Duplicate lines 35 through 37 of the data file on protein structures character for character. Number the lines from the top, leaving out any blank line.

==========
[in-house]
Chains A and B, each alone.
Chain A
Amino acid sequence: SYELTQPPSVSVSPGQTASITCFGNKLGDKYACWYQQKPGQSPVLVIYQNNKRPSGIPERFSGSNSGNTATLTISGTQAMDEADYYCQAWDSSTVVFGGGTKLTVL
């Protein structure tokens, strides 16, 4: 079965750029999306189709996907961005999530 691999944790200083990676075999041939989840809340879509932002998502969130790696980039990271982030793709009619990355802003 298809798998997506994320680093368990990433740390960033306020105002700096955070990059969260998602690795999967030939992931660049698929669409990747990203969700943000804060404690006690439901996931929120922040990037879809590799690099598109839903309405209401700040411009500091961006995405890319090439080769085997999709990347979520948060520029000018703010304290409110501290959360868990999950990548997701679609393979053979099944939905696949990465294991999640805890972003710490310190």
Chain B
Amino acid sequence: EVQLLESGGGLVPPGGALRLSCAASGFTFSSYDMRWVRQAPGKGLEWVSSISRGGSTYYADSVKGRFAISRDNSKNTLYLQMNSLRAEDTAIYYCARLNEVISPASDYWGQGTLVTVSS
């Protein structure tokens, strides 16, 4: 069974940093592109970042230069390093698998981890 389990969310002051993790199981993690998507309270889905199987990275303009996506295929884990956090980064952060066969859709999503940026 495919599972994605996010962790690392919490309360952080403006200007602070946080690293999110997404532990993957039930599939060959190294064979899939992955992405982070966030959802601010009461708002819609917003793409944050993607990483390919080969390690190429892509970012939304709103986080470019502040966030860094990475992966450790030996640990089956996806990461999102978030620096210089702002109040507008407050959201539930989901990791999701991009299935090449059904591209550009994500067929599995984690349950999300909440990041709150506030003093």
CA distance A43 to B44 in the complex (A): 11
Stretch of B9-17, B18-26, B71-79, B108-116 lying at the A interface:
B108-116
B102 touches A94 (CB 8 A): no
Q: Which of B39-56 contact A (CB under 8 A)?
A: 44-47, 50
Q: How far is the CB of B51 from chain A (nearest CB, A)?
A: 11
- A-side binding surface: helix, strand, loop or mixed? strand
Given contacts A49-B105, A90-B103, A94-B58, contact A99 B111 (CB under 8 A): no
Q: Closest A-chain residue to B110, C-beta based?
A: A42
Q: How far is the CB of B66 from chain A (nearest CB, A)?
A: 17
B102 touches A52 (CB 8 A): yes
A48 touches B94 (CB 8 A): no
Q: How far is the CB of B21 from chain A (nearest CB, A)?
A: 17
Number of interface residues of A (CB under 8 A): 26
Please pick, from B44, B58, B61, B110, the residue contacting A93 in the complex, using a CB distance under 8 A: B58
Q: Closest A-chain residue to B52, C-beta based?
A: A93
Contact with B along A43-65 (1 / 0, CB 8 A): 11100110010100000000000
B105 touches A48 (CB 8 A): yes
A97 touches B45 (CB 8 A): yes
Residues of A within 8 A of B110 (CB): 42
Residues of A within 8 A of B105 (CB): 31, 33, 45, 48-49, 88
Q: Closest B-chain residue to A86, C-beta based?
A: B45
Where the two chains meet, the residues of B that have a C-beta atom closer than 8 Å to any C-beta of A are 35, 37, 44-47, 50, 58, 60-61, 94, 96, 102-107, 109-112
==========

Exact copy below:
Residues of A within 8 A of B105 (CB): 31, 33, 45, 48-49, 88
Q: Closest B-chain residue to A86, C-beta based?
A: B45